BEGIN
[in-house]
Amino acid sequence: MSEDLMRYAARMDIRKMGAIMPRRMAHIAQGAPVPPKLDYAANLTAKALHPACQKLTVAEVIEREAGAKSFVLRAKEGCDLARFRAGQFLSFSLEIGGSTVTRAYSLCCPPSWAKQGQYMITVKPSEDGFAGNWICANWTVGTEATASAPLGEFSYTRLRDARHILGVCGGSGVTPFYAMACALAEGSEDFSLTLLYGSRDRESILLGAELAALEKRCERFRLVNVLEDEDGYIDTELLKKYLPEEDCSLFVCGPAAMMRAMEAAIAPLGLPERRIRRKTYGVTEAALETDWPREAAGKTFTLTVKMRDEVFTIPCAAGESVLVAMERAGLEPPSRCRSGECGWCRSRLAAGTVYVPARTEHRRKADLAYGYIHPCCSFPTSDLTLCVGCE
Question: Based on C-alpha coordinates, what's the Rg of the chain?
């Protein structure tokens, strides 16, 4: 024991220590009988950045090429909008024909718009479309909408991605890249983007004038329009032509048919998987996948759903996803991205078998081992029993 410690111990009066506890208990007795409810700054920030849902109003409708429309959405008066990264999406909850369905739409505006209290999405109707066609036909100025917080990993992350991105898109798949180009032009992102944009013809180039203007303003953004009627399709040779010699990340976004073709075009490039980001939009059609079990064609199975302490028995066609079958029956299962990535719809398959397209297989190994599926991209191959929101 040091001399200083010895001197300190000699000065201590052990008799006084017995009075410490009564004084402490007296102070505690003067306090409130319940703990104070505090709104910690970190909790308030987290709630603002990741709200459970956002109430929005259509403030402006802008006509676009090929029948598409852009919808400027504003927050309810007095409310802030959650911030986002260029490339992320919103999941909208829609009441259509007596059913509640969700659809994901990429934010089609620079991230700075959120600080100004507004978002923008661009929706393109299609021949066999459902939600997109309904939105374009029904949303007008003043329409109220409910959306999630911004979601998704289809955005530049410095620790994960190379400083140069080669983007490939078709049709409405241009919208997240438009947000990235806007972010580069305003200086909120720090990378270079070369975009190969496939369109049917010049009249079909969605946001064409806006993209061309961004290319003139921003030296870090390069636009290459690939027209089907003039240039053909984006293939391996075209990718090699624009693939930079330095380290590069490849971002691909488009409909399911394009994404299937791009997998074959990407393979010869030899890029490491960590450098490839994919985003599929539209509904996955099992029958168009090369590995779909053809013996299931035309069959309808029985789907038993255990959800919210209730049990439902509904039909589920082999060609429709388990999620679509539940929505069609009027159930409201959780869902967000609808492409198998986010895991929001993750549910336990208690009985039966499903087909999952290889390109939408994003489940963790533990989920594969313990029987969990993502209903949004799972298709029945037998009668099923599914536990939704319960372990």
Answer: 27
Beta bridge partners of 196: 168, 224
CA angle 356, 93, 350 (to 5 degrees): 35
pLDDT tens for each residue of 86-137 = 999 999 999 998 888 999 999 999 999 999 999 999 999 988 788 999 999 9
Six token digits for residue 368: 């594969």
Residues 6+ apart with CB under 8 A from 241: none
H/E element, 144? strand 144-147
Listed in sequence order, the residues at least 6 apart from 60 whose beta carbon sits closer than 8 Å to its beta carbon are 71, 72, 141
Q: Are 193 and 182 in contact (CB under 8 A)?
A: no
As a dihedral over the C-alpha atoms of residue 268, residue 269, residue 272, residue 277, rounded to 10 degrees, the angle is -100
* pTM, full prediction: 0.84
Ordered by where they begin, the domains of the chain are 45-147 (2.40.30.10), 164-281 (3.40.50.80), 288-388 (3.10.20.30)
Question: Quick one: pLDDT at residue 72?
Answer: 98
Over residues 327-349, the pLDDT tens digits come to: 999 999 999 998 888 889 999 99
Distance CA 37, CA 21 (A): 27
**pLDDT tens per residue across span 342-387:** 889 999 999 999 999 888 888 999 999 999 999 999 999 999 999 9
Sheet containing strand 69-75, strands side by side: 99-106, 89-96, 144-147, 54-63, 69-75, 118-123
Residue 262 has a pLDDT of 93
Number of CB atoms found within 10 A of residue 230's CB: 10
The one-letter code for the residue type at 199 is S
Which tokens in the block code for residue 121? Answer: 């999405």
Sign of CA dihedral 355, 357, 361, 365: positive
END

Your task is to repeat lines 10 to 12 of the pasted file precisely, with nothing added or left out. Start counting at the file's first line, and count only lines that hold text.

Residues 6+ apart with CB under 8 A from 241: none
H/E element, 144? strand 144-147
Listed in sequence order, the residues at least 6 apart from 60 whose beta carbon sits closer than 8 Å to its beta carbon are 71, 72, 141